Saturday, November 23, 2019

Definition and Examples of Slang in English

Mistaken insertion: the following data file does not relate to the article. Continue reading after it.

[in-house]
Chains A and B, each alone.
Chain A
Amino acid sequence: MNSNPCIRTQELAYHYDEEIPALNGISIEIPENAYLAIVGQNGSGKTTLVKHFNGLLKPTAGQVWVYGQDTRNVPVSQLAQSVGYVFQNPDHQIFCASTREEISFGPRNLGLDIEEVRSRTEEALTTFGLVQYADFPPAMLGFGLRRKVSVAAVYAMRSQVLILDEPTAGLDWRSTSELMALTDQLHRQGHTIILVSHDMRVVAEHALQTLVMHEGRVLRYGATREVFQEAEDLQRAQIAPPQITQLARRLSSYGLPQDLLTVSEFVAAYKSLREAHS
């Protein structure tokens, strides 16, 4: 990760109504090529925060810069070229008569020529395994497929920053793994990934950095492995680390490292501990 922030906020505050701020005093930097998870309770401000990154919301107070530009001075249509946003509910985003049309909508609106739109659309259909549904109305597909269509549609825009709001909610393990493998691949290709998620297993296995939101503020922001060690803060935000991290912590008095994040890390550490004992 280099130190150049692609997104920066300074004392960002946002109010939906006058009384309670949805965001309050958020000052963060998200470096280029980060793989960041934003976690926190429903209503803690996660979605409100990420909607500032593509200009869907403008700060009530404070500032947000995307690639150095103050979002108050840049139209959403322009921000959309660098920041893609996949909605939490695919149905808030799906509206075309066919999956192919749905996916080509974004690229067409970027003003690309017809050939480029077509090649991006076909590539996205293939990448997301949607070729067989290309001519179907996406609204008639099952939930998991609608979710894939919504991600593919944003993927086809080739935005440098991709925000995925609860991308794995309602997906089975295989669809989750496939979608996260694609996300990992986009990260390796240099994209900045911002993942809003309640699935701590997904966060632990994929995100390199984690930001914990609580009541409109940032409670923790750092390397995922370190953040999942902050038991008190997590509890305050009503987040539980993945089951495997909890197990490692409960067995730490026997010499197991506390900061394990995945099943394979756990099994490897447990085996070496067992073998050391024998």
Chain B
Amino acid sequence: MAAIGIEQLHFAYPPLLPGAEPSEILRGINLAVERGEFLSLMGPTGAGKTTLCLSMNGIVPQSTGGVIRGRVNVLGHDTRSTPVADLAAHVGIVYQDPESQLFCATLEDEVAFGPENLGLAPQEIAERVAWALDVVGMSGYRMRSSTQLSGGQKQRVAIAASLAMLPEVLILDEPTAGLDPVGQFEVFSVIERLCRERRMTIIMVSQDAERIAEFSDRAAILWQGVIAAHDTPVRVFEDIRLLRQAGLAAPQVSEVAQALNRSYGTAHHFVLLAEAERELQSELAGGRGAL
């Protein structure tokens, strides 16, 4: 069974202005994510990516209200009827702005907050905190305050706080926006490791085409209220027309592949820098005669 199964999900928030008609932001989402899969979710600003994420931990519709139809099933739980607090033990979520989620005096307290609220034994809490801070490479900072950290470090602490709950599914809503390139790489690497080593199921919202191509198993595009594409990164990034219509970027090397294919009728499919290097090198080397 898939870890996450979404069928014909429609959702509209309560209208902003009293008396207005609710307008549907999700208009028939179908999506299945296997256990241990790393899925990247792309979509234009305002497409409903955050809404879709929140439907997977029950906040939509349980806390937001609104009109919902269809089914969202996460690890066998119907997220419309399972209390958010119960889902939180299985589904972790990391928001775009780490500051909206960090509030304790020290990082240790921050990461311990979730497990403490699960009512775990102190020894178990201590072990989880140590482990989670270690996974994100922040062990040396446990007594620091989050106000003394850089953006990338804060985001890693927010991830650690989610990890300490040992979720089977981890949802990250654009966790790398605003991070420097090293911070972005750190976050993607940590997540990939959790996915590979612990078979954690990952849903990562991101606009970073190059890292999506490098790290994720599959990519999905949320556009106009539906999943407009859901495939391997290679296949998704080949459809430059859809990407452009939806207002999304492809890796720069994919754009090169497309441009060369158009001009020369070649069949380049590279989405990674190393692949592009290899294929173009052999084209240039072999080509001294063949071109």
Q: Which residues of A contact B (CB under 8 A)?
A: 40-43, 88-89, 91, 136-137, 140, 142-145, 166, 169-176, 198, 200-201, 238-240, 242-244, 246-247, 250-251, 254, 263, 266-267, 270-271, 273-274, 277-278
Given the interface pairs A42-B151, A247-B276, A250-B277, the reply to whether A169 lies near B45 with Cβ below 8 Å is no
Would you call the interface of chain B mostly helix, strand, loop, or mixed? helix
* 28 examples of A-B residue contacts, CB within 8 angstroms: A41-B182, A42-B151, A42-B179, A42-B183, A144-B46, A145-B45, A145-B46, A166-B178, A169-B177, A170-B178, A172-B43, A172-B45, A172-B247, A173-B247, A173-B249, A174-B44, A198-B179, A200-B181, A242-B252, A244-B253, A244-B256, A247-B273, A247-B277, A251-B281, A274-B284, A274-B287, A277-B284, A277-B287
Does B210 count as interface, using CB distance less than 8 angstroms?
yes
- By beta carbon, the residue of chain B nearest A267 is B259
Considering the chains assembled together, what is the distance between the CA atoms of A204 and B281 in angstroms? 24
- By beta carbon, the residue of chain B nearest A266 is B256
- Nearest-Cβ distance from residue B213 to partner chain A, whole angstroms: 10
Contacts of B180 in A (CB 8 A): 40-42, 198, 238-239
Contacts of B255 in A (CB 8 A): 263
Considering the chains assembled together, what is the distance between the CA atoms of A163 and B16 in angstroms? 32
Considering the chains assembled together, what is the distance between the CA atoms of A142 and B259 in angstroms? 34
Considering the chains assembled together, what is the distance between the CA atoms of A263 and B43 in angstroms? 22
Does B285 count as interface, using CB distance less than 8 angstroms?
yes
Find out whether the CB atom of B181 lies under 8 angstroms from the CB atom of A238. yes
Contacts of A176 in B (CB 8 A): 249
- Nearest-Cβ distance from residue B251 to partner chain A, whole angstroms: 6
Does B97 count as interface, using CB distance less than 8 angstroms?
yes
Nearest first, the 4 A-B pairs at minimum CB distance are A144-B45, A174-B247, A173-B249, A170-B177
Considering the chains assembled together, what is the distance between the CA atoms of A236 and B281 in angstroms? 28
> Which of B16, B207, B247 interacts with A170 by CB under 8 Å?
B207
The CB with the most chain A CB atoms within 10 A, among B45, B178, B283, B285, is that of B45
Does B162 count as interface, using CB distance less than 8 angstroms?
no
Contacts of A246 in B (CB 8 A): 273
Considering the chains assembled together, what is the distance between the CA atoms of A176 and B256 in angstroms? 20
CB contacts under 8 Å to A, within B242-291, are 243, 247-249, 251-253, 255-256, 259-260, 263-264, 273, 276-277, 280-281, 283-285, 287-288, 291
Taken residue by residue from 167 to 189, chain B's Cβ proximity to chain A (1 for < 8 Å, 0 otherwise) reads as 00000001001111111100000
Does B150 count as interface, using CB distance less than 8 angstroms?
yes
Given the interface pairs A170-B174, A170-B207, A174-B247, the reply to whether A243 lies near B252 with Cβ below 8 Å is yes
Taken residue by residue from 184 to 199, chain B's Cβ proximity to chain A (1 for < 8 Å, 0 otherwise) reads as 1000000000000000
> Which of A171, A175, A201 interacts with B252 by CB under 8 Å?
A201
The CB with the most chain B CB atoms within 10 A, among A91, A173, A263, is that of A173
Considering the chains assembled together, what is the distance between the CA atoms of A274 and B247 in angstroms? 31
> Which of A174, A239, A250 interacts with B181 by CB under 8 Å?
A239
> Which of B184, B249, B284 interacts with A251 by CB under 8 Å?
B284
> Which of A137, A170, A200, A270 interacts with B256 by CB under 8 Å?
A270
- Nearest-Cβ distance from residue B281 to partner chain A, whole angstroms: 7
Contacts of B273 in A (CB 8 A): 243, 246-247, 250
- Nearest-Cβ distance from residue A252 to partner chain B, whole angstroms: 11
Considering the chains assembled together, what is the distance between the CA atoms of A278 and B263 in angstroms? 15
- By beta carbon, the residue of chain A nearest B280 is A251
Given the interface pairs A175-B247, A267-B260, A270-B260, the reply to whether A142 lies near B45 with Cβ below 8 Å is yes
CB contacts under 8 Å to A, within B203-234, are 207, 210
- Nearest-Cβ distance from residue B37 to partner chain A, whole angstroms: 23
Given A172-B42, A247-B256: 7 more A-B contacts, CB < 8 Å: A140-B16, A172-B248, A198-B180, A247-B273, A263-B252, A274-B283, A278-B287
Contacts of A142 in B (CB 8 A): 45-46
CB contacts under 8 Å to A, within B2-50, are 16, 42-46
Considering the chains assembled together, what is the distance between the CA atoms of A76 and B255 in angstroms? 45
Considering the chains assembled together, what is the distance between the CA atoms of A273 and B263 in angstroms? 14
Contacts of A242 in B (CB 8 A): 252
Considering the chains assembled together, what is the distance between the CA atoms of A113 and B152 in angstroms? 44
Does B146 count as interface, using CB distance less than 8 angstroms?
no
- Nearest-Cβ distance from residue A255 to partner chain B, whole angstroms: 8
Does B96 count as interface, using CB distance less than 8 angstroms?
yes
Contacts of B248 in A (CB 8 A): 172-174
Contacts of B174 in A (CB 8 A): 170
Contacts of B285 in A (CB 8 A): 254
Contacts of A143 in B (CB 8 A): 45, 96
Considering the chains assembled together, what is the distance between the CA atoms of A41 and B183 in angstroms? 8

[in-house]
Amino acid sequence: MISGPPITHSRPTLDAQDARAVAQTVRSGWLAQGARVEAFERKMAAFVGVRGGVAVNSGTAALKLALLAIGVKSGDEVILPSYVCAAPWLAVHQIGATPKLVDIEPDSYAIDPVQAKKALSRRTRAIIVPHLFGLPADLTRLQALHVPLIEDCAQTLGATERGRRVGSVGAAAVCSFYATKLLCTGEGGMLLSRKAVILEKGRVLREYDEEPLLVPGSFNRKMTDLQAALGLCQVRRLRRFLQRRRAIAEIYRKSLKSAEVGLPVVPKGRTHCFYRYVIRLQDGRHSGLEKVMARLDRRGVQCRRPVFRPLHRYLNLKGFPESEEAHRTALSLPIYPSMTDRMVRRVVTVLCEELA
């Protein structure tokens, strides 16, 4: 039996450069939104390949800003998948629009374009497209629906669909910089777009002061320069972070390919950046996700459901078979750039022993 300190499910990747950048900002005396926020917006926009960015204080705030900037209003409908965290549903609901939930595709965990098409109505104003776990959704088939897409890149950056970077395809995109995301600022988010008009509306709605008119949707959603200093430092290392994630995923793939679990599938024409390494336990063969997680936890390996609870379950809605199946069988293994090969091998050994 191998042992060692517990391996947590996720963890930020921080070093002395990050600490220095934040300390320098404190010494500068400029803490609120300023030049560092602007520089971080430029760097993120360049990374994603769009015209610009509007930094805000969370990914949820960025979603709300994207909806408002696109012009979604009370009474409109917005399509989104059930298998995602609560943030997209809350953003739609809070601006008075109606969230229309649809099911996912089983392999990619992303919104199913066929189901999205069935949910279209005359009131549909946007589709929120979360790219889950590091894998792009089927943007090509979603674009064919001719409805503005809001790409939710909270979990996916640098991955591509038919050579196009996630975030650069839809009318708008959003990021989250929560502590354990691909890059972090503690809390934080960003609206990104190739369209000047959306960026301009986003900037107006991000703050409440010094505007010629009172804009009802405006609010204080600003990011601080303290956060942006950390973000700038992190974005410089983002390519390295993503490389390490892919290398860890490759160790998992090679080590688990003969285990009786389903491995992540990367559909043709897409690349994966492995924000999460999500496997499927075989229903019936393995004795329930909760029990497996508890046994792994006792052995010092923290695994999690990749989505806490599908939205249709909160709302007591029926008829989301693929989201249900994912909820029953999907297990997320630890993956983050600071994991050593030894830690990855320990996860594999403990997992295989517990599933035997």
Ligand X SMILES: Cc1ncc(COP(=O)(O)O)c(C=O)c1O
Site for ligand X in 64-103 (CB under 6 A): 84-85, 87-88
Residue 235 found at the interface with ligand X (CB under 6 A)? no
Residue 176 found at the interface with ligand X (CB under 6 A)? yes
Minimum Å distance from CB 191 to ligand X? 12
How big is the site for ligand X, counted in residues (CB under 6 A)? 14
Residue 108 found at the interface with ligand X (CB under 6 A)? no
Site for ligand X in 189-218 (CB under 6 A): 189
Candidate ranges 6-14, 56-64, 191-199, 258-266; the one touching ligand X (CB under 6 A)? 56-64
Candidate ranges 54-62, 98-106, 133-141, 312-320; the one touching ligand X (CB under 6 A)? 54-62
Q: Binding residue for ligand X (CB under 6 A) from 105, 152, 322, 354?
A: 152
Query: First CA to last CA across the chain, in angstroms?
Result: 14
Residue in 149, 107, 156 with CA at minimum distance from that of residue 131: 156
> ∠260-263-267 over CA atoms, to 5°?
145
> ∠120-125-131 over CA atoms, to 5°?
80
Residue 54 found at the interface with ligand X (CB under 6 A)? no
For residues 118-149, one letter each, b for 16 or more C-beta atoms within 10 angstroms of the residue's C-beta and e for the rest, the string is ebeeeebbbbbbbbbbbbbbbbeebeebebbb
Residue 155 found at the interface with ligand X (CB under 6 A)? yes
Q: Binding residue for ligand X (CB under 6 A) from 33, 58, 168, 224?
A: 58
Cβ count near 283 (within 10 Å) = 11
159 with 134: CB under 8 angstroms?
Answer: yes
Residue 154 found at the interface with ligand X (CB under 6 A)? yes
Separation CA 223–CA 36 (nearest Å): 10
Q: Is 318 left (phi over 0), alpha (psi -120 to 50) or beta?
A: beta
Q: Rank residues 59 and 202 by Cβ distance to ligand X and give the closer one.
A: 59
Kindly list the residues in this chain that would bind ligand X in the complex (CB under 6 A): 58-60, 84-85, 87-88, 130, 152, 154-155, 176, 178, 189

Definition and Examples of Slang in English Slang is an informal nonstandard variety of speech characterized by newly coined and rapidly changing words and phrases. In his book Slang: The Peoples Poetry (OUP, 2009), Michael Adams argues that slang is not merely a lexical phenomenon, a type of word, but a linguistic practice rooted in social needs and behaviors, mostly the complementary needs to fit in and to stand out. The Characteristics of Slang   The most significant characteristic of slang overlaps with a defining characteristic of jargon: slang is a marker of in-group solidarity, and so it is a correlate of human groups with shared experiences, such as being children at a certain school or of a certain age, or being a member of a certain socially definable group, such as hookers, junkies, jazz musicians, or professional criminals. (Keith Allan and Kate Burridge, Forbidden Words. Cambridge University Press, 2006) The Language of Outsiders   Slang serves the outs as a weapon against the ins. To use slang is to deny allegiance to the existing order, either jokingly or in earnest, by refusing even the words which represent conventions and signal status; and those who are paid to preserve the status quo are prompted to repress slang as they are prompted to repress any other symbol of potential revolution. (James Sledd, On Not Teaching English Usage. The English Journal, November 1965)  The downtrodden are the great creators of slang. . . . Slang is . . . a pile of fossilized jokes and puns and ironies, tinselly gems dulled eventually by overmuch handling, but gleaming still when held up to the light. (Anthony Burgess, A Mouthful of Air, 1992) Standing Out and Fitting In   It is not clear to what extent the slang impulse to enliven speech, the impulse to stand out, mingles with the slang impulse toward social intimacy, the impulse to fit in. At times they seem like oil and water, but at others the social and poetic motivations emulsify into one linguistic practice. . . .  All of us, young and old, black and white, urban and suburban have slang, and, with your eyes closed, we can tell black guys chillaxin with their buddies from young soccer moms dishing out about the latest issue of Jane*. We share more slang than separates us, but what separates us tells us and others where we fit in, or perhaps, where we hope to fit in, and where we dont. . . . As a social marker, though, slang works: you know that youre among the old, tired, gray, and hopeless, rather than hip, vivid, playful, and rebellious, if only in spirit, when you hear no slang. Slang is a tell even in its absence. (Michael Adams, Slang: The Peoples Poetry. Oxford University Press, 2009)   Your mother reads and reads and reads, she wants English, as much as she can get her hands on . . .. Id come late Friday afternoon, it used to be that I would go home with a magazine or two and maybe a paper, but she wanted more, more slang, more figures of speech, the bees knees, the cats pajamas, horse of a different color, dog-tired, she wanted to talk like she was born here, like she never came from anywhere else . . .. (Jonathan Safran Foer, Extremely Loud and Incredibly Close. Houghton Mifflin, 2005) Modern Slang in London   I love modern  slang. Its as colorful, clever, and disguised from outsiders as slang ever was and is supposed to be. Take bare, for example, one of a number of slang terms recently banned by a London school. It means a lot of, as in theres bare people here, and is the classic concealing reversal of the accepted meaning that you also find in wicked, bad and cool. Victorian criminals did essentially the same with back slang, reversing words so that boy became yob and so on.  The other banned words are equally interesting. Extra, for example, mischievously stresses the superfluous in its conventional definition, as in reading the whole book is extra, innit? And that much-disapproved innit? is in fact the nest-ce pas? English has needed since the Normans forgot to bring it with them.  And who would not admire rinsed for something worn out or overusedchirpsing for flirting, bennin for doubled-up with laughter, or wi-five for an electronically delivered high-five? My bad, being n ew, sounds more sincere than old, tired, Im sorry (Sos never quite cut it).   Mouse potato for those who spend too much time on PCs is as striking as salmon and aisle salmon for people who will insist on going against the flow in crowds or supermarket aisles. Manstanding is what husbands and partners typically do while their wives or partners are actually getting on with the shopping. Excellent. (Charles Nevin, The Joy of Slang. BBC News, October 25, 2013) Old Slang: Grub, Mob, Knock Off, and Clear as Mud   When we refer . . . to food as grub, it is perhaps hard to realize that the word goes back to Oliver Cromwells time; from early 18th century come mob, and also knock off, to finish; and from early 19th century, the sarcastic use of clear as mud. (Paul Beale, editor of Partridges Concise Dictionary of Slang and Unconventional English. Routledge, 1991) The Life Span of Slang Words   With the exception of cool, which retains its effectiveness after well over half a century, slang wordsgroovy, phat, radical, smokinhave a very brief life span in which they can be used to express sincere enthusiasm. Then they revert to irony or, at best, expressions of a sort of mild sardonic approval. (Ben Yagoda, When You Catch an Adjective, Kill It. Broadway Books, 2007)  The latest slang term for defecation, however, is dropping the kids off at the pool, which offers hope for a new generation of euphemistic suburbanites. (William Safire, Kiduage. The New York Times, 2004) Slanguage   The expression slanguage has been in the English language for well over a hundred years and has an entry in reputable dictionaries like the Macquarie and the Oxford. One of its first written appearances was as early as 1879, and since that time it has been in regular useThe slanguage of a sporting reporter is a fearful and wonderful thing, to give just one early example. The word slang has given rise to quite a number of wonderful blended or compounded words, such as slanguage, and many of them have been in the language a very long time. (Kate Burridge, Gift of the Gob: Morsels of English Language History. HarperCollins Australia, 2011) Can O' Beans on Sloppy Slang   Well, said Can o Beans, a bit hesitantly, imprecise speech is one of the major causes of mental illness in human beings. . . .  Ã‚  The inability to correctly perceive reality is often responsible for humans insane behavior. And every time they substitute an all-purpose, sloppy slang word for the words that would accurately describe an emotion or a situation, it lowers their reality orientations, pushes them farther from shore, out onto the foggy waters of alienation and confusion. . . .  Slang possesses an economy, an immediacy thats attractive, all right, but it devalues experience by standardizing and fuzzing it. It hangs between humanity and the real world like a . . . a veil. Slang just makes people more stupid, thats all, and stupidity eventually makes them crazy. Id hate to ever see that kind of craziness rub off onto objects. (Tom Robbins, Skinny Legs and All. Bantam, 1990) The Lighter Side of American Slang I know only two words of American slang: swell and lousy. I think swell is lousy, but lousy is swell. (J.B. Priestley) * Jane was a magazine designed to appeal to young women. It ceased publication in 2007. Pronunciation: slang